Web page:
- Finish in Top 10 – I believe I can do this if I execute a great race and some things fall into place
My Bib # is 40, to follow on Ultralive.net, click here.
UPDATE! Jared finished in 20:23:49!
Pre Race - I arrived in San Fran Thursday afternoon and took the rush hour traffic to Healdsburg. I was able to go under the Golden Gate Bridge and see the sun for the first time in 6months so I didn’t really mind arriving an hour after the ETA even if it meant being in the car while soaking in the sun.
I picked up my bib, some groceries, then ate and went to the house where I was staying. I relaxed for the night. The next day I ran a little of the course, ate, and relaxed again.
Race Morning - *The night before I was asked by my roommates what time I was going to get up. I said 5am (for a 6am race), thinking that it was kind of early. I asked them the same and they responded with a 3:15-3:30am! My mind was pretty blown by this. I usually roll out of bed eat a little something then head to the start about a half hour before the race. Anyway, I decide to get up a little earlier than I was going to just to make sure that I had time to get there and stuff.
The Race - The course was beautiful, the volunteers were awesome, and the racers had so much energy! I definitely want to come back because I think I can go much faster. I played a conservative strategy from the beginning and pulled a rookie nutritional move a quarter of the way into the race.
I decided to take the energy drink from the aid stations instead of using my drop bags. This definitely saved on transition time, but it ultimately left me thinking that I had more calories than I thought I was getting/needing, and I failed to listen to my body. I started to feel hungry about two and a half hours into the race, which I thought was strange. I ignored it fully, through about 28miles.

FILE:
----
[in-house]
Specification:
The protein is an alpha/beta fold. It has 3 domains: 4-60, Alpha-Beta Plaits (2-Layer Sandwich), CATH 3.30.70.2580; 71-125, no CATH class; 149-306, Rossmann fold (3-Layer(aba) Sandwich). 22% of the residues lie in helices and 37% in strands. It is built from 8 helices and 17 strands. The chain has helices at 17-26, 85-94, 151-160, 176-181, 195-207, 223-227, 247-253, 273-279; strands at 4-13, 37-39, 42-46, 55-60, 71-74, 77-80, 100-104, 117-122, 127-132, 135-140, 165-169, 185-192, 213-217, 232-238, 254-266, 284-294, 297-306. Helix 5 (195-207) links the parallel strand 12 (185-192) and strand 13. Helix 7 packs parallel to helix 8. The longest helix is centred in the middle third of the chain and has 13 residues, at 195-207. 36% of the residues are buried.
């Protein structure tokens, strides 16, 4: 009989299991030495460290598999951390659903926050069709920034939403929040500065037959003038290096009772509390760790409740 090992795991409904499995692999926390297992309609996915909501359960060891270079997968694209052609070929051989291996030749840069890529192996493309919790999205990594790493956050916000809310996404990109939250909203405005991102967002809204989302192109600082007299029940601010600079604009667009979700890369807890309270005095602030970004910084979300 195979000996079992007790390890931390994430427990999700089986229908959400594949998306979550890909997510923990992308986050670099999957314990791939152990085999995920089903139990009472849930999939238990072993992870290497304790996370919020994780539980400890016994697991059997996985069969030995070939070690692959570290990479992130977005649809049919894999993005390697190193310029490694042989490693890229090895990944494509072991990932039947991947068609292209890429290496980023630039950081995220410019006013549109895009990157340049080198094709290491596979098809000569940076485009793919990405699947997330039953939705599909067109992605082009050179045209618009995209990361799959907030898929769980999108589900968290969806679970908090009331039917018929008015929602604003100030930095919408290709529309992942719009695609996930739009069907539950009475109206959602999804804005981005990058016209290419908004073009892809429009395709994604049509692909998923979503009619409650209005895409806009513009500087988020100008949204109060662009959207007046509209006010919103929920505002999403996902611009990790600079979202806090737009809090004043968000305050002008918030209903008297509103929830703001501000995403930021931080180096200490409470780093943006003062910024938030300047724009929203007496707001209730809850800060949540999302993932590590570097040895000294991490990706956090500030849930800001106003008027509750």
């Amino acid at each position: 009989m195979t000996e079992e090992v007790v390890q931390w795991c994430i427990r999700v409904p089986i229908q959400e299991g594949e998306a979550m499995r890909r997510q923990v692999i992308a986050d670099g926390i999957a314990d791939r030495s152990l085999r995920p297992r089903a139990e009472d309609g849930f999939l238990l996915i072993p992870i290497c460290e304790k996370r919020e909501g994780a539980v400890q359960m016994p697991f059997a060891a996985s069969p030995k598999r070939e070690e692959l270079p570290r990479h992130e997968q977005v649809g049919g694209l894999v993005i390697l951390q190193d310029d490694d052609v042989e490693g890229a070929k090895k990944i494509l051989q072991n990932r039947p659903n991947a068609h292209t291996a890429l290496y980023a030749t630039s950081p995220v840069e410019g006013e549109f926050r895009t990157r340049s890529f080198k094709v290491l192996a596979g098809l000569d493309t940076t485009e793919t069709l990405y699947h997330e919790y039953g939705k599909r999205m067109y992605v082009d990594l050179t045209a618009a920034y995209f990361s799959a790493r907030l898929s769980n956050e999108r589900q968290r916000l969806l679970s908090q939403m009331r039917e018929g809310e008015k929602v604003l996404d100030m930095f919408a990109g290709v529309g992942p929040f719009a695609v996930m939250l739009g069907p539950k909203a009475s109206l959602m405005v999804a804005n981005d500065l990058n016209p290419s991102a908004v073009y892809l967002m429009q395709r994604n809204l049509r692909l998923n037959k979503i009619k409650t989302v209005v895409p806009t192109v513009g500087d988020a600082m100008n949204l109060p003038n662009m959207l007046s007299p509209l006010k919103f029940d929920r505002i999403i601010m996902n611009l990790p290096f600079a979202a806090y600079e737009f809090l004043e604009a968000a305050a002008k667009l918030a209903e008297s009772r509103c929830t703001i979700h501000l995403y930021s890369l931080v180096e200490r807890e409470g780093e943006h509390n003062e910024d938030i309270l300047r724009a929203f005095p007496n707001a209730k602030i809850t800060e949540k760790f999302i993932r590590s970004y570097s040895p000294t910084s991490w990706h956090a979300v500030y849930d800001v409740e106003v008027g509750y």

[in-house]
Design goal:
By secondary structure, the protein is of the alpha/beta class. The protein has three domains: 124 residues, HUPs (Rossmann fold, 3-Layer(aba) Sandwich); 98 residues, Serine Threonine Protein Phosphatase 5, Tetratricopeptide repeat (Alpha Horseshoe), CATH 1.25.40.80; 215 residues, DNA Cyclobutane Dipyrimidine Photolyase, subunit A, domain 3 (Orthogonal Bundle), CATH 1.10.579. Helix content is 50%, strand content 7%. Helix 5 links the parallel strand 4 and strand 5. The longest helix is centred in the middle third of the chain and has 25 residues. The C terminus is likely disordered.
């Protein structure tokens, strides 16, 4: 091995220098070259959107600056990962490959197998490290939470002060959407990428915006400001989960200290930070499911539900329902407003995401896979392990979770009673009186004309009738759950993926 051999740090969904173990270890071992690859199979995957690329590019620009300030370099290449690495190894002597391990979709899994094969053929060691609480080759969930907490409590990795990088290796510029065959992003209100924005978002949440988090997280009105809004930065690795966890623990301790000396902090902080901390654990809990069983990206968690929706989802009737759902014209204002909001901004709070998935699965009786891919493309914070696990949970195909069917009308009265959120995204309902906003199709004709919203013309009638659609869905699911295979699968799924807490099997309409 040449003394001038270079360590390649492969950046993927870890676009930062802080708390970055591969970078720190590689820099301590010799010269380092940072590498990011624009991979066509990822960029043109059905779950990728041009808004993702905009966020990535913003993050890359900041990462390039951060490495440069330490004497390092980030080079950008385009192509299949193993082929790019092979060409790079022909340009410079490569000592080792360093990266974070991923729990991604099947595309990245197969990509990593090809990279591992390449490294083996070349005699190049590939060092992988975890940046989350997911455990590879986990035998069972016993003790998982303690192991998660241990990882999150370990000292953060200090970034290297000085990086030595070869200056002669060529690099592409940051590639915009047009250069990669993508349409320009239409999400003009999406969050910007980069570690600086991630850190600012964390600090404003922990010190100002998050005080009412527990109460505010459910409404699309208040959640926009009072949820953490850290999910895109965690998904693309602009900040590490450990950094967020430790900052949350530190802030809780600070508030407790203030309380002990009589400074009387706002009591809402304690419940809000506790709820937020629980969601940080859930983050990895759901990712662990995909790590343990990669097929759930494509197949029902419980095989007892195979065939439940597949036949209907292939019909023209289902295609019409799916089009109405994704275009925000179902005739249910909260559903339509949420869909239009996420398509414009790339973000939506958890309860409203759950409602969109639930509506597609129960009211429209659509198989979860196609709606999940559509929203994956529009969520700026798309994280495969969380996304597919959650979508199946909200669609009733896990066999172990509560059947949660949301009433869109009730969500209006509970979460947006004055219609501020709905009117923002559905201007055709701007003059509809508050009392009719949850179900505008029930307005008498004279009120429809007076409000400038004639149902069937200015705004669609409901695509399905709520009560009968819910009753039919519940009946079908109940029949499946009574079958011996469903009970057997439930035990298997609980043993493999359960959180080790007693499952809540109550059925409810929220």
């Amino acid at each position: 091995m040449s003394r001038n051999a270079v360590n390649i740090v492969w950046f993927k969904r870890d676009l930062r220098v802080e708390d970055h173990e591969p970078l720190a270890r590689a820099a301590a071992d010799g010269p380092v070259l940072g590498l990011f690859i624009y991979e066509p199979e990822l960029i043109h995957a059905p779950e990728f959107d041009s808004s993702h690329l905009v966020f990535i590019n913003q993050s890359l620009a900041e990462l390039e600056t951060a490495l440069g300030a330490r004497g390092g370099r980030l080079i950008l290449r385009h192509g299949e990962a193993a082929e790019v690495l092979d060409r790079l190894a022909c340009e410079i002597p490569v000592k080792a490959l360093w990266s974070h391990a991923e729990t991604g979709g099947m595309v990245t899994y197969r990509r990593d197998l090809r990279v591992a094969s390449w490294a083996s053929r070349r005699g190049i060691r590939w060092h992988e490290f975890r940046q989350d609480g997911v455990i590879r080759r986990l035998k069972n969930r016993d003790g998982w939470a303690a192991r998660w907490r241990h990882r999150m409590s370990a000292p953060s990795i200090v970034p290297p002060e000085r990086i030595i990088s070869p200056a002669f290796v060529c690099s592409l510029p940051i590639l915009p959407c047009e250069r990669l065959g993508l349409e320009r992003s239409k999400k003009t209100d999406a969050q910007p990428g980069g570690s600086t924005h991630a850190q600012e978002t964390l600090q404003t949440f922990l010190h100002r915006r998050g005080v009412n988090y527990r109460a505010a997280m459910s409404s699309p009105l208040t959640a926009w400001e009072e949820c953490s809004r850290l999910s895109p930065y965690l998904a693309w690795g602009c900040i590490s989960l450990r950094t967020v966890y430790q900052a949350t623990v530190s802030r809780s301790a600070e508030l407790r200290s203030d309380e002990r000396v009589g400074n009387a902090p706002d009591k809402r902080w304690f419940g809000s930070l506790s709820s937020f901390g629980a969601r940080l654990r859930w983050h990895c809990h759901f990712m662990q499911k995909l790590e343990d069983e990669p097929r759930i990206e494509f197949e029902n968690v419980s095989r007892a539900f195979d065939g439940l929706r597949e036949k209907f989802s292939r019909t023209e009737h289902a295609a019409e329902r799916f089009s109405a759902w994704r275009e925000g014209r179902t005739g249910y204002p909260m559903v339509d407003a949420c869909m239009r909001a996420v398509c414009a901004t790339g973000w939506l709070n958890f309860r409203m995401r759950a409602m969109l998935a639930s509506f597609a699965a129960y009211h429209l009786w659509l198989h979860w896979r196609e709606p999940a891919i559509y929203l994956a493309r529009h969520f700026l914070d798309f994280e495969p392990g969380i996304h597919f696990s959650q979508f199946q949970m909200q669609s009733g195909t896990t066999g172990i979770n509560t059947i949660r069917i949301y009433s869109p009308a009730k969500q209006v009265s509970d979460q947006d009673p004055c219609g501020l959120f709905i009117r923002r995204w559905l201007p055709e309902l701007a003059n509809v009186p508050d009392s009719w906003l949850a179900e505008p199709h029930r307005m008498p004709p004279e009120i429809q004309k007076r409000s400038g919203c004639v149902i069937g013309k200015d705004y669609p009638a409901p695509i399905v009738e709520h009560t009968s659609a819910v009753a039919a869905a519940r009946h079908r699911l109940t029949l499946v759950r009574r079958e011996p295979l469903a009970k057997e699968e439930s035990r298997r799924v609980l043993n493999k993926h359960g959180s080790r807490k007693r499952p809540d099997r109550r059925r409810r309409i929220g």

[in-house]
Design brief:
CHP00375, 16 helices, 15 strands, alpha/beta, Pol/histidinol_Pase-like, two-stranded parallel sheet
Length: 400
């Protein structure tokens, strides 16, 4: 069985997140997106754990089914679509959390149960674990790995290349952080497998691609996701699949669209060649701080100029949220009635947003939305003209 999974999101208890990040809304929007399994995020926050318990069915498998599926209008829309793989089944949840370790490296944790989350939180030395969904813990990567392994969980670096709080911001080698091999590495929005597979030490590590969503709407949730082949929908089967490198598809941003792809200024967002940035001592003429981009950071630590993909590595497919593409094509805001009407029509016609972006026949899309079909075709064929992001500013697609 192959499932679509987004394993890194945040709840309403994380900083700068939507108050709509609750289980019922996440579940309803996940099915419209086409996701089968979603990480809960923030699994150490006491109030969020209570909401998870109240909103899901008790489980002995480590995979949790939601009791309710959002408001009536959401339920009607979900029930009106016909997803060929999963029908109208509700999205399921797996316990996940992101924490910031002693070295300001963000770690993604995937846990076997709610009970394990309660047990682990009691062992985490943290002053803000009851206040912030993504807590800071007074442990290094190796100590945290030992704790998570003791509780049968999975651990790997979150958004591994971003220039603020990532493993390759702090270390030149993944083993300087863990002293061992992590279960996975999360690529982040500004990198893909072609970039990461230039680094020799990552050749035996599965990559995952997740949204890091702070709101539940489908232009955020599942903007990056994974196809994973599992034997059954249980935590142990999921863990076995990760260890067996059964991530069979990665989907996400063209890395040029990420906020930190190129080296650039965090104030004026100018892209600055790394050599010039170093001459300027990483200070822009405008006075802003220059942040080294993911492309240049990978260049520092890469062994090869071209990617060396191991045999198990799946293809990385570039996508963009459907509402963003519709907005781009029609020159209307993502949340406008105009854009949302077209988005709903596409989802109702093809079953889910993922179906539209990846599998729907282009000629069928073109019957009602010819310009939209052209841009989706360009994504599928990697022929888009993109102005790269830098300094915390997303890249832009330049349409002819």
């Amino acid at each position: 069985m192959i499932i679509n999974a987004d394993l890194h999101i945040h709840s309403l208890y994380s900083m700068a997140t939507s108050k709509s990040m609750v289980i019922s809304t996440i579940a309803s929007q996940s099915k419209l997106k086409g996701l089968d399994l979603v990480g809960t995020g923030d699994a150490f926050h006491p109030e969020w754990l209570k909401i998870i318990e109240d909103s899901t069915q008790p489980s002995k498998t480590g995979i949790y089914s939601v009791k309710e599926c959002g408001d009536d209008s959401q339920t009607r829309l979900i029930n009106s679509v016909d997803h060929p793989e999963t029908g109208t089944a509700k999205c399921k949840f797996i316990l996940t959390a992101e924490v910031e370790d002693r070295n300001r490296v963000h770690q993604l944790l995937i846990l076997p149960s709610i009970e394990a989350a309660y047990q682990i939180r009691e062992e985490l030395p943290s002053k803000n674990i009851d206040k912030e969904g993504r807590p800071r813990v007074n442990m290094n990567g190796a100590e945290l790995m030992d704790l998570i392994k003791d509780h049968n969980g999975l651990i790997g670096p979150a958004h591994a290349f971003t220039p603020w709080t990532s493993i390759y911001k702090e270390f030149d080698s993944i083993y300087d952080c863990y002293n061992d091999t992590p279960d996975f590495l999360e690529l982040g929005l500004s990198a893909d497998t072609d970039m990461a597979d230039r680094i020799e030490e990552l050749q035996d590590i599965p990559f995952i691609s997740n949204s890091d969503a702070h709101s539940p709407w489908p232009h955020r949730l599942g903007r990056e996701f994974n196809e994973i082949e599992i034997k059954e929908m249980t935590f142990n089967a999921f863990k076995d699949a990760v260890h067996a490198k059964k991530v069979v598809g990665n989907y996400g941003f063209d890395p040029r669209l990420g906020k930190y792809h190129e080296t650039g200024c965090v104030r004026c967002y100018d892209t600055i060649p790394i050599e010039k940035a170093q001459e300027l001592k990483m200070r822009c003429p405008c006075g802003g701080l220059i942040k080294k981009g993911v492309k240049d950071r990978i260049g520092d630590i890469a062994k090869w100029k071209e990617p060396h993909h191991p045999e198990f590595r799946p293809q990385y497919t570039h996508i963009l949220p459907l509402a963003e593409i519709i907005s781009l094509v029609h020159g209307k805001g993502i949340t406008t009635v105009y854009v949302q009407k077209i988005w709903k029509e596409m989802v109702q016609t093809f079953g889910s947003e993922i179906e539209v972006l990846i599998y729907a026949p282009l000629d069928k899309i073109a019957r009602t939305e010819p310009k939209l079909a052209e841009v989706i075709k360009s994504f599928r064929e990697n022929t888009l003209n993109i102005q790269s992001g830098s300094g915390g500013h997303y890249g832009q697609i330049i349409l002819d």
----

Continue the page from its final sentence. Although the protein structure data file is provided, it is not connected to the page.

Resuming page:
During this time I was passing and yo-yoing with a couple of the racers so my focus wasn’t necessarily on my nutrition. Then I noticed that my energy levels were getting very low around 30miles and I was on my way to bonking really hard. I backed off the pace and was feeling very depleted. I decided that once I got to the 38 mile aid station I would take a moment to eat and get in calories.
At mile 38 I took in 5 gels, a couple handfuls of potato chips, a banana, and a half quesadilla, in about 3-4minutes. Yes, I overcompensated for how I was feeling. I left the aid station in 6th place on a sugar high and ran the next 7miles feeling great! I caught Chikara Omine who was running great all day, but I later found out he ran low on calories as well.
I came to the last aid station within a 1-2min of the 4th place finisher, Zachary Szablewski, and I really wanted to make a push to the finish from there. The finish was up hill and I was climbing decently. However, my body started to stabilize itself or rather didn’t know what to do with the massive amount of calories that I took in an hour earlier. I couldn’t make the hard push like I had hoped.
I ended up 5th place and since neither Sage or Dakota took their golden ticket into Western States, and being eligible for a ticket goes down to 5th place, I was offered a spot! All in all, I really enjoyed the Lake Sonoma course. I definitely want to go back and have a better race. It was just so beautiful out there and I think I can execute a much better race/nutrition plan to have a strong second half.